In the midst of the pitch black of a winter morning, my mother would gently knock on my door. Propping it open, she would quietly walk away, leaving only the melodic sounds of Lucia sången. I would rub my eyes and sleepily crawl out of bed. Outside my door, a white robe was carefully hung, a thick red sash draped on top.
This ritual was so expected, that even in a sleepy state I knew what to do. Put on the robe, tie the red sash around my waist and procede downstairs. Here, my mother would grace me with our “fake” Lucia crown — a green plastic crown with battery operated candles. I wore live candles on my head one year, and I understand why my mother decided to skimp on this part of tradition.
Fully dressed in my traditional attire, my mother would give me a tray crammed full of pepparkakor and lussekatter (saffran buns) which I would take to my father.
Thousands of miles away a whole country devoted this day to celebrating light. In Stockholm there would be a national celebration, with striking blondes vying for the ultimate in recognition — being selected for the official procession through the streets of the capital city. There would be newspaper articles and television coverage. School celebrations. A day where the whole country ate the same baked goods, tinted yellow with saffron and dotted with currants.
But on the other side of the world, in our yellow house deep in the dark, and often dreary, wintry forest of the Pacific Northwest, in a place where very few people even knew what “Lucia” meant, my mother made an effort to keep the tradition alive. And so it stuck.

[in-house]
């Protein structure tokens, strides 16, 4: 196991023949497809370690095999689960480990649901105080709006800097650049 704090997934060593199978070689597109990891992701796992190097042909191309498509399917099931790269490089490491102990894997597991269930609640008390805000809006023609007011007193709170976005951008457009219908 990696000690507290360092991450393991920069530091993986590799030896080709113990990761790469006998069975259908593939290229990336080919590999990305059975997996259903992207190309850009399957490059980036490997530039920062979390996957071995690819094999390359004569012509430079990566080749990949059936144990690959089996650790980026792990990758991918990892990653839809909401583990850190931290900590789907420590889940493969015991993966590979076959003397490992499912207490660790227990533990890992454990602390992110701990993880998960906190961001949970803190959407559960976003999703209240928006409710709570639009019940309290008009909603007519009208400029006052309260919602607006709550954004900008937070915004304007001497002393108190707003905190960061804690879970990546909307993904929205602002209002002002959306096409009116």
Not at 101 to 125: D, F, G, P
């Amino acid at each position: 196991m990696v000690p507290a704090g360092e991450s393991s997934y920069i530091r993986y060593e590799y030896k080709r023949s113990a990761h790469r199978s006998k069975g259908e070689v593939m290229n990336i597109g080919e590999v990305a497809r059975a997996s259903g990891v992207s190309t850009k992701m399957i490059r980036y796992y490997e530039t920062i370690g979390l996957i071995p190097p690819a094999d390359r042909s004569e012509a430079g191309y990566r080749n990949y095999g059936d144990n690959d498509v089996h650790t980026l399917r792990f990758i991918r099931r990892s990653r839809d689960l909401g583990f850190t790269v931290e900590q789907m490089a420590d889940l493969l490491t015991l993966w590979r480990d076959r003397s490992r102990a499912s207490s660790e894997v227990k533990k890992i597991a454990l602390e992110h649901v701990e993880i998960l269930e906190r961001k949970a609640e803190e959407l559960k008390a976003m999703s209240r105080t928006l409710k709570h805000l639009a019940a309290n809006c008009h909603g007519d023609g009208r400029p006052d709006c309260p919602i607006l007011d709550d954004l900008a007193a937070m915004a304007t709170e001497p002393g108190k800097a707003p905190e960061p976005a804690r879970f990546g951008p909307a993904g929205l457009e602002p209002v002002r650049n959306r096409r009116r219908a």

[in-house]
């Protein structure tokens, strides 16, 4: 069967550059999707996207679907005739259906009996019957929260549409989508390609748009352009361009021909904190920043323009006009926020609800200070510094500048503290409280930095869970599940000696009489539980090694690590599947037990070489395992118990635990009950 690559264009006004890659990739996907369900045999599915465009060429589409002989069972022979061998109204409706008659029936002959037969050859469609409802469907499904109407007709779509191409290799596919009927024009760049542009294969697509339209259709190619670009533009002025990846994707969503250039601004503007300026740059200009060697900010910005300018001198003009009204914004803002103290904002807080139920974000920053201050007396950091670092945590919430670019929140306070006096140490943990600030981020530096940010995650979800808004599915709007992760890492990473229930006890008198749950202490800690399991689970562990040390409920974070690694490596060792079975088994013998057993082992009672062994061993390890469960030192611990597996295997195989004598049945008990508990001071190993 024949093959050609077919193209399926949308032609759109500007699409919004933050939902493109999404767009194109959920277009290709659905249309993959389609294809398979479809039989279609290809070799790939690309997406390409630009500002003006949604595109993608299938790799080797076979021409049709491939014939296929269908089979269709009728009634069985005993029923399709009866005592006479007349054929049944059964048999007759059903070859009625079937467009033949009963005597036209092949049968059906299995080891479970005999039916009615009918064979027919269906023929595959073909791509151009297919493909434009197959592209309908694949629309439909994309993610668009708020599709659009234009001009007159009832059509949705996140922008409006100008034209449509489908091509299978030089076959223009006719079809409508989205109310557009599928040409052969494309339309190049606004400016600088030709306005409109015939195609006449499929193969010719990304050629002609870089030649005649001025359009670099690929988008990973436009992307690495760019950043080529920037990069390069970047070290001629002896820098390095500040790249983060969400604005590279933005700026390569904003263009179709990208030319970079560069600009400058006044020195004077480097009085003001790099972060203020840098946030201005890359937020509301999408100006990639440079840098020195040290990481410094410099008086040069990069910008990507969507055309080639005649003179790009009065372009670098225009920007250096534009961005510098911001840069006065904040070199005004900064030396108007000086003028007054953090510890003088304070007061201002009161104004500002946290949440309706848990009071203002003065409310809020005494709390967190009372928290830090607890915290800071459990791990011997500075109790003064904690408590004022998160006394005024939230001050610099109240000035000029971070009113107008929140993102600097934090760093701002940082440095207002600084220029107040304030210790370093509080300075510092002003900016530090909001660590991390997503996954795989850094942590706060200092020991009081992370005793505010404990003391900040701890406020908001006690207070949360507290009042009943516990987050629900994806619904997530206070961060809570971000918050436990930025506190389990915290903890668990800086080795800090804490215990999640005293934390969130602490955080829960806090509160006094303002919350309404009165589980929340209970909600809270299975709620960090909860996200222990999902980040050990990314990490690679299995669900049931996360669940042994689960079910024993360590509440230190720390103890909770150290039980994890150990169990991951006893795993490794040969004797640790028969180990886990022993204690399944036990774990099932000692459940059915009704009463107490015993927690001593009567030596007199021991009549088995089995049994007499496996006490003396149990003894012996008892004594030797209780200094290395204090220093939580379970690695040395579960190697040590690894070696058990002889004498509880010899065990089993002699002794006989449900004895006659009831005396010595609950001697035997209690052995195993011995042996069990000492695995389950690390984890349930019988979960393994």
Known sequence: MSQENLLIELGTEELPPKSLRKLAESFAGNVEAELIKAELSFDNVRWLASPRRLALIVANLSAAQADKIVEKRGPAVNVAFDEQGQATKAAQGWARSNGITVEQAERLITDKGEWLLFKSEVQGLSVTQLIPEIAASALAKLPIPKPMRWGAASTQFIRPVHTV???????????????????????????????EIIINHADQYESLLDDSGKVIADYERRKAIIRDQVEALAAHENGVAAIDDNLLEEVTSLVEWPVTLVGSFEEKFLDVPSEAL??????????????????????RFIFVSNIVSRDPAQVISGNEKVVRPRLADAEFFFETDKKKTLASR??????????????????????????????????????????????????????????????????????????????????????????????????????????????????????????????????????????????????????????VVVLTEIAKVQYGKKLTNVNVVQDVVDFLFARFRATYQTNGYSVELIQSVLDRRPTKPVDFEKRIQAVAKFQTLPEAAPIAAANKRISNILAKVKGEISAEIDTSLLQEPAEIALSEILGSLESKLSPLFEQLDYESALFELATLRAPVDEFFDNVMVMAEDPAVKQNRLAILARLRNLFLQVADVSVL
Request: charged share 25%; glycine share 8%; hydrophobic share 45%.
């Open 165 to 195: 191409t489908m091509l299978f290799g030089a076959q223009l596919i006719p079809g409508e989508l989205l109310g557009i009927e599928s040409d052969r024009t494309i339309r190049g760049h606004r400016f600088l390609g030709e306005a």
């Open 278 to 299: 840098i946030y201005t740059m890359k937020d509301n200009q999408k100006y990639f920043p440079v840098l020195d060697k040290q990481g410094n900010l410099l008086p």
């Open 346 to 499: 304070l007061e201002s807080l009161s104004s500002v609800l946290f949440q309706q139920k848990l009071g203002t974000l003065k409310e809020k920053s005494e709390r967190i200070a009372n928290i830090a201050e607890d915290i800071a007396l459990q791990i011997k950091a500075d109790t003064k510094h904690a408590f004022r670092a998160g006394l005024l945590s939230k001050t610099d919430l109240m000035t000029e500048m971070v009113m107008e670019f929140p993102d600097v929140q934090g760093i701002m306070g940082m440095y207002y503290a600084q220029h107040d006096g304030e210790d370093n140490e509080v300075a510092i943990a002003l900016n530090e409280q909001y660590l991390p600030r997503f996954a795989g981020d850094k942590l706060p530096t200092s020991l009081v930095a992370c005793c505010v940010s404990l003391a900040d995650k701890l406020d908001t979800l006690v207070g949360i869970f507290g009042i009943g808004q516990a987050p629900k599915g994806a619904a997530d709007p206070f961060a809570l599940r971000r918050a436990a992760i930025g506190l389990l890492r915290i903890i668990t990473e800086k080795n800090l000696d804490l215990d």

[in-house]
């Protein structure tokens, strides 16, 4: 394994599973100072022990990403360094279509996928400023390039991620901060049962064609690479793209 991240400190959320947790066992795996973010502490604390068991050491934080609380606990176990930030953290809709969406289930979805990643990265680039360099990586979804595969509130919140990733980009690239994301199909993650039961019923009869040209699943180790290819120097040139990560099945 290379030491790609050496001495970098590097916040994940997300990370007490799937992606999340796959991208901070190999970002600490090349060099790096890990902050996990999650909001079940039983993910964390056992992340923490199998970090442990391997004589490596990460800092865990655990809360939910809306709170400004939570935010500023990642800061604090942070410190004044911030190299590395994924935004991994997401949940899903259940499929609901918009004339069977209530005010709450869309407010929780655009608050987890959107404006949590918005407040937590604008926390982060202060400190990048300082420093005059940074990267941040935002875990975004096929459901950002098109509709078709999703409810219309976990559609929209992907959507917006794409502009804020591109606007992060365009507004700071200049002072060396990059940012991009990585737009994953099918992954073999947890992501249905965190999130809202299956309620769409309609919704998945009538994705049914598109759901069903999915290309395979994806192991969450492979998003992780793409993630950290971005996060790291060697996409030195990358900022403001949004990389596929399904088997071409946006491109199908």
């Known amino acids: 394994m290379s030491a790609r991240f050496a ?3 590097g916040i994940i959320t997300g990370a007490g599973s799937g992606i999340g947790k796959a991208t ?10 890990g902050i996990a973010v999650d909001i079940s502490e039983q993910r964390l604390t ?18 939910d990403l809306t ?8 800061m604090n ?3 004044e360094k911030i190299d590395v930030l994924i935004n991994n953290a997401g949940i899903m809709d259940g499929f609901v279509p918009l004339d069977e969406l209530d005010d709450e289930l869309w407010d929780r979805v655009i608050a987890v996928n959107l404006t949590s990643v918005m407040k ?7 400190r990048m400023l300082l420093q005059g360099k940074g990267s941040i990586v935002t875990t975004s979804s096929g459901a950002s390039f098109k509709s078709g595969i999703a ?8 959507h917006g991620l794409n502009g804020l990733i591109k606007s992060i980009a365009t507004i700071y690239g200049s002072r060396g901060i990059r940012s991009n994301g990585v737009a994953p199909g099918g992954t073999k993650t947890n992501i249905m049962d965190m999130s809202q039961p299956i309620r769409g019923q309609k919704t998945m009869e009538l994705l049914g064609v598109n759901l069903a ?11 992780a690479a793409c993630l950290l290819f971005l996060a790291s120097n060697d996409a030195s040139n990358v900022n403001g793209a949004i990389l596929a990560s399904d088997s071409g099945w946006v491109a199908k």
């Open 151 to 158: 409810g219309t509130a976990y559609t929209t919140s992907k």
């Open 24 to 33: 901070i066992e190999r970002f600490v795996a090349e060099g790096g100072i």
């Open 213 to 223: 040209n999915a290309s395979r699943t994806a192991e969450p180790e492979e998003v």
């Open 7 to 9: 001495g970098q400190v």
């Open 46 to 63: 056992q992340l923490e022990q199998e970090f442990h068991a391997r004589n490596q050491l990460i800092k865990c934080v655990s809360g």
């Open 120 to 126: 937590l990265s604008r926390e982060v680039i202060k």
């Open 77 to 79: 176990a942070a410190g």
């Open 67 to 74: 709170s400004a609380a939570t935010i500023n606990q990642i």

I am without white robe and red sash, and I certainly do not have a Lucia crown to don, but saffran buns are a must. And so I celebrate this year’s St. Lucia Day with saffran cake with almond paste, coffee and the Lucia song on Youtube (thank you internet), a perfect replacement for honoring the day where we overcome the winter dark.
My mother calls and when I answer she says nothing, but holds the phone up to their stereo that’s playing the song. It brings momentary tears to my eyes.
Saffransbröd – Saffron Bread adapted from Vår Kokbok
- 1 cup blanched almonds
- 1/3 cup sugar
Mix almonds and sugar in Cuisinart or blender until a chunky paste forms. Set aside.
Saffransbröd – Saffron Bread
- 1/2 gram saffron
- 75 grams butter
- 1 1/2 cups milk
- 3 teaspoons yeast
- 3/4 teaspoon salt
- 3/4 cup sugar
- 1/2 cup golden raisins
- 3 cups flour
- Currants for decoration
For gluten-free version substitute flour with
- 2 cups Bob’s Red Mill gluten free all purpose baking flour
- 1 cups Bob’s Red Mill gluten free biscuit and baking mix
- 1 teaspoon xantham gum
Crush saffron in a small bowl with a little bit of sugar. Add a couple tablespoons of the milk and set aside.
Melt butter in a small pot and add milk. Heat until warm (you should still be able to stick your finger in).
Measure out yeast in a small bowl and mix in a little of the butter and milk. Set aside.
In a large bowl mix flour, sugar, salt, egg, saffron mixture and rest of milk and butter. Add in yeast mixture.
Let rise for 30 minutes.
Knead on floured surface.
Take a small amount of dough, a few tablespoons, and divide the rest into two evenly sized balls, Work first ball into a circle, about 10″ in diameter and spread with almond paste.
Make a second circle and cover the first, pinching the edges together. With the leftover dough, roll into a long roll and decorate cake as you see fit. Note: most traditional saffran bread incorporates a lot of curlicues.
Cover with cloth and let rise for 30 minutes.
Decorate with currants and glaze with a beaten egg.
Bake at 400 F for 15-20 min.